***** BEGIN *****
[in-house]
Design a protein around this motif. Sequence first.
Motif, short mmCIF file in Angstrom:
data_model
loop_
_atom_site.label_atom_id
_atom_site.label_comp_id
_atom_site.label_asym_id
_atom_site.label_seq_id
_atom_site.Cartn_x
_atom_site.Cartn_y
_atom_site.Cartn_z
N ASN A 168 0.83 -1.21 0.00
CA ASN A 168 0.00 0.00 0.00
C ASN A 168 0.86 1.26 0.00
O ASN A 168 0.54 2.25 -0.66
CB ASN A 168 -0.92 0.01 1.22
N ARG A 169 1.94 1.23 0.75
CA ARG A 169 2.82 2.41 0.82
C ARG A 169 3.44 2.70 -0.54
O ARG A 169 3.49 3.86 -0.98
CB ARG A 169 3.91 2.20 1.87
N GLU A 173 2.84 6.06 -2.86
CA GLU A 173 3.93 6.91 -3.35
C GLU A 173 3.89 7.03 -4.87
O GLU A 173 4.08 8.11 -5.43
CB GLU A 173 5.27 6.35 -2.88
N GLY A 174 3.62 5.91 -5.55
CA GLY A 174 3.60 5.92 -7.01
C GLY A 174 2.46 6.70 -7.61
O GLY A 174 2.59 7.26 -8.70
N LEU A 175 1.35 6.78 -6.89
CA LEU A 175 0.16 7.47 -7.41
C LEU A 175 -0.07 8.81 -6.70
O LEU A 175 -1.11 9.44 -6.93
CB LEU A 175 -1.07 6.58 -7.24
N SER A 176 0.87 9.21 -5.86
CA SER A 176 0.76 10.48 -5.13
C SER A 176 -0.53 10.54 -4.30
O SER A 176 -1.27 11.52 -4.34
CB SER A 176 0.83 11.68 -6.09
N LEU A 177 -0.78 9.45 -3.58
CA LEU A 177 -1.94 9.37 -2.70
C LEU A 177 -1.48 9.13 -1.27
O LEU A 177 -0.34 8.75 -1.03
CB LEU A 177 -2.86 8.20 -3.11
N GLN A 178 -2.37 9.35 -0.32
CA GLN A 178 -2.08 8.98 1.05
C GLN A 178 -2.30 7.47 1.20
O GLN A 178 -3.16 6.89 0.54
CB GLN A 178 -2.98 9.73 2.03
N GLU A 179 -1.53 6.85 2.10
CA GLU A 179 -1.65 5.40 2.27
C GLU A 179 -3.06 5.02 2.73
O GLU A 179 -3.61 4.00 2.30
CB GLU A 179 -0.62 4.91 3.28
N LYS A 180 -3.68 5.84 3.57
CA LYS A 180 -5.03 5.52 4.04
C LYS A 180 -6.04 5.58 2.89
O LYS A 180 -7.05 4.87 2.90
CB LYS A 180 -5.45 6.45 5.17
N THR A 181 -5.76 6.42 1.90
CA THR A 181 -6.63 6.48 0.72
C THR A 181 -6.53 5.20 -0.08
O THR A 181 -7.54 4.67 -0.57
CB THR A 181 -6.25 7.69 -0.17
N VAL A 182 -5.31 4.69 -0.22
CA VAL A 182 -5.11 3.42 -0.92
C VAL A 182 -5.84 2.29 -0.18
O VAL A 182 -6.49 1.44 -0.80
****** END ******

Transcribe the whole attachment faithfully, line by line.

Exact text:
[in-house]
Design a protein around this motif. Sequence first.
Motif, short mmCIF file in Angstrom:
data_model
loop_
_atom_site.label_atom_id
_atom_site.label_comp_id
_atom_site.label_asym_id
_atom_site.label_seq_id
_atom_site.Cartn_x
_atom_site.Cartn_y
_atom_site.Cartn_z
N ASN A 168 0.83 -1.21 0.00
CA ASN A 168 0.00 0.00 0.00
C ASN A 168 0.86 1.26 0.00
O ASN A 168 0.54 2.25 -0.66
CB ASN A 168 -0.92 0.01 1.22
N ARG A 169 1.94 1.23 0.75
CA ARG A 169 2.82 2.41 0.82
C ARG A 169 3.44 2.70 -0.54
O ARG A 169 3.49 3.86 -0.98
CB ARG A 169 3.91 2.20 1.87
N GLU A 173 2.84 6.06 -2.86
CA GLU A 173 3.93 6.91 -3.35
C GLU A 173 3.89 7.03 -4.87
O GLU A 173 4.08 8.11 -5.43
CB GLU A 173 5.27 6.35 -2.88
N GLY A 174 3.62 5.91 -5.55
CA GLY A 174 3.60 5.92 -7.01
C GLY A 174 2.46 6.70 -7.61
O GLY A 174 2.59 7.26 -8.70
N LEU A 175 1.35 6.78 -6.89
CA LEU A 175 0.16 7.47 -7.41
C LEU A 175 -0.07 8.81 -6.70
O LEU A 175 -1.11 9.44 -6.93
CB LEU A 175 -1.07 6.58 -7.24
N SER A 176 0.87 9.21 -5.86
CA SER A 176 0.76 10.48 -5.13
C SER A 176 -0.53 10.54 -4.30
O SER A 176 -1.27 11.52 -4.34
CB SER A 176 0.83 11.68 -6.09
N LEU A 177 -0.78 9.45 -3.58
CA LEU A 177 -1.94 9.37 -2.70
C LEU A 177 -1.48 9.13 -1.27
O LEU A 177 -0.34 8.75 -1.03
CB LEU A 177 -2.86 8.20 -3.11
N GLN A 178 -2.37 9.35 -0.32
CA GLN A 178 -2.08 8.98 1.05
C GLN A 178 -2.30 7.47 1.20
O GLN A 178 -3.16 6.89 0.54
CB GLN A 178 -2.98 9.73 2.03
N GLU A 179 -1.53 6.85 2.10
CA GLU A 179 -1.65 5.40 2.27
C GLU A 179 -3.06 5.02 2.73
O GLU A 179 -3.61 4.00 2.30
CB GLU A 179 -0.62 4.91 3.28
N LYS A 180 -3.68 5.84 3.57
CA LYS A 180 -5.03 5.52 4.04
C LYS A 180 -6.04 5.58 2.89
O LYS A 180 -7.05 4.87 2.90
CB LYS A 180 -5.45 6.45 5.17
N THR A 181 -5.76 6.42 1.90
CA THR A 181 -6.63 6.48 0.72
C THR A 181 -6.53 5.20 -0.08
O THR A 181 -7.54 4.67 -0.57
CB THR A 181 -6.25 7.69 -0.17
N VAL A 182 -5.31 4.69 -0.22
CA VAL A 182 -5.11 3.42 -0.92
C VAL A 182 -5.84 2.29 -0.18
O VAL A 182 -6.49 1.44 -0.80